Now more than ever, as we sink in a cesspool of public and private debt brought on by a corrupted federal government, and we all tighten our belts, we can ill afford wasteful public spending. BPA’s recent announcements of “Memoranda of Agreement” (MOAs) with Pacific Northwest States and Tribes promise just that, with substantial hikes in electricity rates to fund another billion in salmon spending, and no real public benefits at all. And the MOAs only set a floor for wasteful fish and wildlife spending, not a ceiling.
The general design of the MOAs is a wholesale subversion of the decisionmaking processes crafted by elected officials in favor of agency decisionmaking by contract with special interests. The Northwest Power and Conservation Council has been charged by Congress to develop the Region’s fish and wildlife plan, and BPA is by law supposed to follow that plan, funding programs the Council and its independent scientists identify as appropriate. The Tribal MOA gives lip service to the Council’s program, but warns that it contains “specific and binding funding commitments” irrespective of Council decisions. Thus big new programs will be established to promote salmon parasites (lamprey), irrespective of the lack of public or Council support for such programs.
The National Marine Fisheries Service is supposed to review actions concerning endangered and threatened fish, but through the MOAs, many of the choices NMFS would dictate are now to be specified by agreement with the special interest groups. The dam operators will now be bound by contract to take the fish out of transport barges, irrespective of scientific evidence proving higher survival. They will be bound to spill water at dams, irrespective of scientific evidence proving massive outbreaks of gas bubble disease. The Tribal MOA even attempts to bind NMFS to approve the wholesale gillnetting of endangered salmon, declaring that “tribal treaty fishing rights were present effects of past federal actions that must be included in the environmental baseline” and that the MOA is based on the “assumption that NOAA Fisheries will give ESA coverage” to future harvests. Ordinarily, scientifically-based natural resource management decisions might be expected to evolve based on better science, but the MOAs even attempt to prevent such scientific evolution.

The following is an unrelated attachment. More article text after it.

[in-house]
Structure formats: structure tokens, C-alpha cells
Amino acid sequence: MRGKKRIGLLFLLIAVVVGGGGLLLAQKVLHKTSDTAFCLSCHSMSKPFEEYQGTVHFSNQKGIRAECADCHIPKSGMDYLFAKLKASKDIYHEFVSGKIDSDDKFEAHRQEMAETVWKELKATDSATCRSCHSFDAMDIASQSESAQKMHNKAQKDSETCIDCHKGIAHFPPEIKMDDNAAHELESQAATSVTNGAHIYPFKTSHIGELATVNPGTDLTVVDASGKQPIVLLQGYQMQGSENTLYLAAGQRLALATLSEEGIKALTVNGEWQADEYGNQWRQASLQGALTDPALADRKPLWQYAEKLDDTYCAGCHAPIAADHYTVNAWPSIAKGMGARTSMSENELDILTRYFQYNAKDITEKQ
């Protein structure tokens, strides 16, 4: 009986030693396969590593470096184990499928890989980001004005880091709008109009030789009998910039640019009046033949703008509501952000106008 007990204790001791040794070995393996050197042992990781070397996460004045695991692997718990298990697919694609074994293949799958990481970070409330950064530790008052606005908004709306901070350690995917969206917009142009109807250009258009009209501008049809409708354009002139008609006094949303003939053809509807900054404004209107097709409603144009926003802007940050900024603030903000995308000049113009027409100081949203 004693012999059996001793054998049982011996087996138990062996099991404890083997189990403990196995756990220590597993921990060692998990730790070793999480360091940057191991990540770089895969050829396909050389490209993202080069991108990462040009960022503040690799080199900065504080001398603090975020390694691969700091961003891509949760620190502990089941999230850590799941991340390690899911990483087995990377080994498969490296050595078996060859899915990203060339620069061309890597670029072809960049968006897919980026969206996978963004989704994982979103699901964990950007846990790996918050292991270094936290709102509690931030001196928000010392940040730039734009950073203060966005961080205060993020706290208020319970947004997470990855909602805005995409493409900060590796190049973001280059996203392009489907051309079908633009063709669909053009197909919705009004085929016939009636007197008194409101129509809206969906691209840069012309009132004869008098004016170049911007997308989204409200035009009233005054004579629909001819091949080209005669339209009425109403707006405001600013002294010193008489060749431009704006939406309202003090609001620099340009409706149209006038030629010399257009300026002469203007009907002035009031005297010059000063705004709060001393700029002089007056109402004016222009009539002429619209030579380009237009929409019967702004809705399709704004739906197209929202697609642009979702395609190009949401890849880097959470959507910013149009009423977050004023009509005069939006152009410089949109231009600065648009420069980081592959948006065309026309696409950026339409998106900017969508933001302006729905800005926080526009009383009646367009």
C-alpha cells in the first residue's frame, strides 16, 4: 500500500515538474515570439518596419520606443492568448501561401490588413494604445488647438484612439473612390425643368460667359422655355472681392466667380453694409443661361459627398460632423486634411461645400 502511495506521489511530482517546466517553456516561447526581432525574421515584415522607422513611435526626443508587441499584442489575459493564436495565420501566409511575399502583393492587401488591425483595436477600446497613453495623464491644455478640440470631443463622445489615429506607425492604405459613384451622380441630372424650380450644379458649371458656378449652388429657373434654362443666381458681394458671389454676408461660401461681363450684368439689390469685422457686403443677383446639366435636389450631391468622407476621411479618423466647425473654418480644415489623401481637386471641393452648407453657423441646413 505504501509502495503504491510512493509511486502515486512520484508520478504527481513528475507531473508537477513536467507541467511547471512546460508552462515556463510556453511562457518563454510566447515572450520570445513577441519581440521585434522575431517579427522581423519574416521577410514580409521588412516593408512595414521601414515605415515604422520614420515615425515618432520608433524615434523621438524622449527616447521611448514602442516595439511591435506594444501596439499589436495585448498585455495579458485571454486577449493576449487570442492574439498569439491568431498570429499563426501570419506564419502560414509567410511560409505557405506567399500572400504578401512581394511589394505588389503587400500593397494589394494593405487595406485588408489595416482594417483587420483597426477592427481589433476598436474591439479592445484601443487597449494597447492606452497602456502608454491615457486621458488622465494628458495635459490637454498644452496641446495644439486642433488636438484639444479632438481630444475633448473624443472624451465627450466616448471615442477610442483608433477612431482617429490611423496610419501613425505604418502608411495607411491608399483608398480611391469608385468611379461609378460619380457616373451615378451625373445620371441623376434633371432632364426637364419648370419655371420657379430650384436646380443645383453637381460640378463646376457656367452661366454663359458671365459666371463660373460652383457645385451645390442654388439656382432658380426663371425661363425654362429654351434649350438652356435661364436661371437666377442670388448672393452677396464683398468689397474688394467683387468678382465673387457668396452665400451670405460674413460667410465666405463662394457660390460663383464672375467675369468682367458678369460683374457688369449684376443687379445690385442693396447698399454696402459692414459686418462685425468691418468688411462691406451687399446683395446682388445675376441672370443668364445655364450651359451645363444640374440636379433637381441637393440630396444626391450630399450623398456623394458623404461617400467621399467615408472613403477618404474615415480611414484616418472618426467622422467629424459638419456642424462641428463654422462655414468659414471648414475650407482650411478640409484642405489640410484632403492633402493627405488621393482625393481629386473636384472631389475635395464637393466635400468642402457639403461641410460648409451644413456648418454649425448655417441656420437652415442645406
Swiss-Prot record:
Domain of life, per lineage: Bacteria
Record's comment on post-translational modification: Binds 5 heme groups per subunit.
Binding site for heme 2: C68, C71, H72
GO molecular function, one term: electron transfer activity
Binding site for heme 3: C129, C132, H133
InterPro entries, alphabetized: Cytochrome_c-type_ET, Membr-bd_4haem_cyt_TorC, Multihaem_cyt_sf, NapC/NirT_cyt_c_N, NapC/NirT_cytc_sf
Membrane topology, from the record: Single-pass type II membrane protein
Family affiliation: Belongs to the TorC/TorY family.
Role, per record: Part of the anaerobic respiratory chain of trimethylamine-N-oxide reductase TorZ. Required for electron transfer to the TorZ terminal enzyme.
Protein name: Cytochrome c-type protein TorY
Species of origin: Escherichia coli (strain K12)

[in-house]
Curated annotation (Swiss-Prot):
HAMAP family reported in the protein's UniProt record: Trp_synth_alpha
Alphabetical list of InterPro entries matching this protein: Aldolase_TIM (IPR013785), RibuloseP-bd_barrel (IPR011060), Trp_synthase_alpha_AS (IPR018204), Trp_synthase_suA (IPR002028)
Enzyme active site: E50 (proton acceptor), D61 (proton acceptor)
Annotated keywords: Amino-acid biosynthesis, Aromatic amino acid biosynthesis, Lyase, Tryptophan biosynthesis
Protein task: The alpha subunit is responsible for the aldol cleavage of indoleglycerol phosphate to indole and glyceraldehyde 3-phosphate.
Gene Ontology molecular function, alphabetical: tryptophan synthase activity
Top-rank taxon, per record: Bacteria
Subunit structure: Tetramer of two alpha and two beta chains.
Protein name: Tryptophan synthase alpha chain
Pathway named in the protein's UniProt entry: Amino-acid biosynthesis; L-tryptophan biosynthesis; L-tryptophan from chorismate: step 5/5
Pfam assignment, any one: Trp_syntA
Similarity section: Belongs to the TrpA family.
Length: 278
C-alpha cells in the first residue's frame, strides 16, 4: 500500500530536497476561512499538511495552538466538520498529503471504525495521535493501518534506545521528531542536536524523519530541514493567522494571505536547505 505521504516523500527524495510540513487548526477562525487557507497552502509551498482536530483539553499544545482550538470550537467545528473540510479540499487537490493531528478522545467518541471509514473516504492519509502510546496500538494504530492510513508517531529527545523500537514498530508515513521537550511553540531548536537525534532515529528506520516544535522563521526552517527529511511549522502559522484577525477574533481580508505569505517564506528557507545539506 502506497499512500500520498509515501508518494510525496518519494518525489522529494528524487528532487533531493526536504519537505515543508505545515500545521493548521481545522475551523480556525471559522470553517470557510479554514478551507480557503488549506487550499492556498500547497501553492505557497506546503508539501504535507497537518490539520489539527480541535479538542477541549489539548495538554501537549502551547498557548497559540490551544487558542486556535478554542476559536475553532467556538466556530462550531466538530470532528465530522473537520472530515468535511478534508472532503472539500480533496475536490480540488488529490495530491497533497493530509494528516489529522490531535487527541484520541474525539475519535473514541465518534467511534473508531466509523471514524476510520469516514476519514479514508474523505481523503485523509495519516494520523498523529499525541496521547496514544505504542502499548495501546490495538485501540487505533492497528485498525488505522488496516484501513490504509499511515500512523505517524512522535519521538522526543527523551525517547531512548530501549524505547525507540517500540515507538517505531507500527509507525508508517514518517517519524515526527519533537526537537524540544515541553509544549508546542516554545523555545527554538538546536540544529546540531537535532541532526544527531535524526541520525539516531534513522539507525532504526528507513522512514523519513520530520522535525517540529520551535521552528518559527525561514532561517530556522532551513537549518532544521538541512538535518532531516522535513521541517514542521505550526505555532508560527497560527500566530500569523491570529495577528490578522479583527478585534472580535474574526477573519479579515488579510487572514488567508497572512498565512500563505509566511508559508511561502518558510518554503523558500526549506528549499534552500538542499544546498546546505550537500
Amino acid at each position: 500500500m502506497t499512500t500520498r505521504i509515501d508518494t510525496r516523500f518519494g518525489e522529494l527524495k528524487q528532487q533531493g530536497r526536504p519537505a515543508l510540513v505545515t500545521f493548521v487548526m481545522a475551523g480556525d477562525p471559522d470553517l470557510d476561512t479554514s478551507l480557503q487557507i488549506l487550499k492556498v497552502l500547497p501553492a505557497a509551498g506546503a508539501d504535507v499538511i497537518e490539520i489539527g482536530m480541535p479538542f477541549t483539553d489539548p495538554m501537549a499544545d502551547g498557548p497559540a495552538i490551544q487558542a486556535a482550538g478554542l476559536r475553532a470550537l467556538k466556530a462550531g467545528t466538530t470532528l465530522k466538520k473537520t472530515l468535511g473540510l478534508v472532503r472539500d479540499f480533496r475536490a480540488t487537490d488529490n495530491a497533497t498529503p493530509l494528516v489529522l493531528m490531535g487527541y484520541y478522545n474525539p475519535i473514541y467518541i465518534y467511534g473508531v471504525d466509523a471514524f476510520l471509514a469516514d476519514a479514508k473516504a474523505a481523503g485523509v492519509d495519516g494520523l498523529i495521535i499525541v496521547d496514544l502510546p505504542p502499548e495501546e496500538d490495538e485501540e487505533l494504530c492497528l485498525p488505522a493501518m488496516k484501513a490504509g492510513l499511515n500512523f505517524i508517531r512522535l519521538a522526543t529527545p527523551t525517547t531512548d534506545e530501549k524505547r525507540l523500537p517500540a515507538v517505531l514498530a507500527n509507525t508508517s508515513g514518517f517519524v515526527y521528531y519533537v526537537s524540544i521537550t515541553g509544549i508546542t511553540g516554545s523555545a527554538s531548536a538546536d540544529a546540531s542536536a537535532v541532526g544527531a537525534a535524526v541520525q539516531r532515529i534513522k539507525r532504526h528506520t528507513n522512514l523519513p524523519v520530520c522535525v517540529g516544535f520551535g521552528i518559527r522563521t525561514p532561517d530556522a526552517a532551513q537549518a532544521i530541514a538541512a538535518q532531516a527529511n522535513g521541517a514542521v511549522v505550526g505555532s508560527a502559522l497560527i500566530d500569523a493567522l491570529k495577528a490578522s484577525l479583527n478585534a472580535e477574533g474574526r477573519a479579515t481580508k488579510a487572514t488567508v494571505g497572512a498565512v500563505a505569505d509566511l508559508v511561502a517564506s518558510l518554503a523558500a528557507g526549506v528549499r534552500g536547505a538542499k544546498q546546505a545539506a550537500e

Under the Tribal MOA, all of the federal
agencies that actually know something about dam passage and salmon survival are
now to be forbidden from supporting “in any manner actions that undermine the
The scientific underpinnings of the
Real scientists, unlike those at the Center, do not need their political allies to gag those who would embarrass them with data. And if these agencies had any respect for law, they would recognize that they cannot possibly discharge their duties to use the best available scientific information in federal decisionmaking by committing themselves to fund junk science and gagging their own scientists. Administrator Wright stands in the shoes of a long line of governmental authorities who have attempted to defend a particular view of the world from scientific advancement, going all the way back to Galileo’s trials with the Church of Rome.
Spending another billion or so through the MOAs is imagined to be appropriate “mitigation” for the
effects of dam operations. The most
obvious problem with the “mitigation” theory is that there must be some adverse
impact to “mitigate”. With
higher-than-natural survival up and down the
A more subtle problem with mitigation is that